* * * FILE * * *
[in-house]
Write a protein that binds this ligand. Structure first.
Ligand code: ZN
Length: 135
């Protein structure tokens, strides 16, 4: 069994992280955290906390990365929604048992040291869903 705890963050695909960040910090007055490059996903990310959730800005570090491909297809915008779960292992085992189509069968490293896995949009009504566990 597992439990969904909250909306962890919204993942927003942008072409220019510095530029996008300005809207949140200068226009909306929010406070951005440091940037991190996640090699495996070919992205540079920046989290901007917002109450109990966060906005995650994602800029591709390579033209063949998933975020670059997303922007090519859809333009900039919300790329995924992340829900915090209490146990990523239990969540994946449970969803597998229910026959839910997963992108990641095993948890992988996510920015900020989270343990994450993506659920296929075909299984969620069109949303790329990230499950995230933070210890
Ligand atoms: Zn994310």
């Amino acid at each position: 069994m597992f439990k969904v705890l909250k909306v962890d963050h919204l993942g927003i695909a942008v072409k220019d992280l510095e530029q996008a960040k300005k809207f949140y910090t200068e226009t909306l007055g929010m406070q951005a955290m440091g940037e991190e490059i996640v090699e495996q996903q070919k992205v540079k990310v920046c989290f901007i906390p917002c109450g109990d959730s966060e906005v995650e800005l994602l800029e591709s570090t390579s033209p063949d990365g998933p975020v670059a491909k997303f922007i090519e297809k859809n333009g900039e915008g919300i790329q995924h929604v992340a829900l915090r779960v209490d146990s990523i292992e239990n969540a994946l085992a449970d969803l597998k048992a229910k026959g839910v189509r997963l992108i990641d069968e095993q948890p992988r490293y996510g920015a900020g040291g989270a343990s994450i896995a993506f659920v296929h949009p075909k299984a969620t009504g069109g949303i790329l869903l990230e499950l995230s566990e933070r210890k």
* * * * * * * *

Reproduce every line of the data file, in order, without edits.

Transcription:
[in-house]
Write a protein that binds this ligand. Structure first.
Ligand code: ZN
Length: 135
């Protein structure tokens, strides 16, 4: 069994992280955290906390990365929604048992040291869903 705890963050695909960040910090007055490059996903990310959730800005570090491909297809915008779960292992085992189509069968490293896995949009009504566990 597992439990969904909250909306962890919204993942927003942008072409220019510095530029996008300005809207949140200068226009909306929010406070951005440091940037991190996640090699495996070919992205540079920046989290901007917002109450109990966060906005995650994602800029591709390579033209063949998933975020670059997303922007090519859809333009900039919300790329995924992340829900915090209490146990990523239990969540994946449970969803597998229910026959839910997963992108990641095993948890992988996510920015900020989270343990994450993506659920296929075909299984969620069109949303790329990230499950995230933070210890
Ligand atoms: Zn994310």
């Amino acid at each position: 069994m597992f439990k969904v705890l909250k909306v962890d963050h919204l993942g927003i695909a942008v072409k220019d992280l510095e530029q996008a960040k300005k809207f949140y910090t200068e226009t909306l007055g929010m406070q951005a955290m440091g940037e991190e490059i996640v090699e495996q996903q070919k992205v540079k990310v920046c989290f901007i906390p917002c109450g109990d959730s966060e906005v995650e800005l994602l800029e591709s570090t390579s033209p063949d990365g998933p975020v670059a491909k997303f922007i090519e297809k859809n333009g900039e915008g919300i790329q995924h929604v992340a829900l915090r779960v209490d146990s990523i292992e239990n969540a994946l085992a449970d969803l597998k048992a229910k026959g839910v189509r997963l992108i990641d069968e095993q948890p992988r490293y996510g920015a900020g040291g989270a343990s994450i896995a993506f659920v296929h949009p075909k299984a969620t009504g069109g949303i790329l869903l990230e499950l995230s566990e933070r210890k």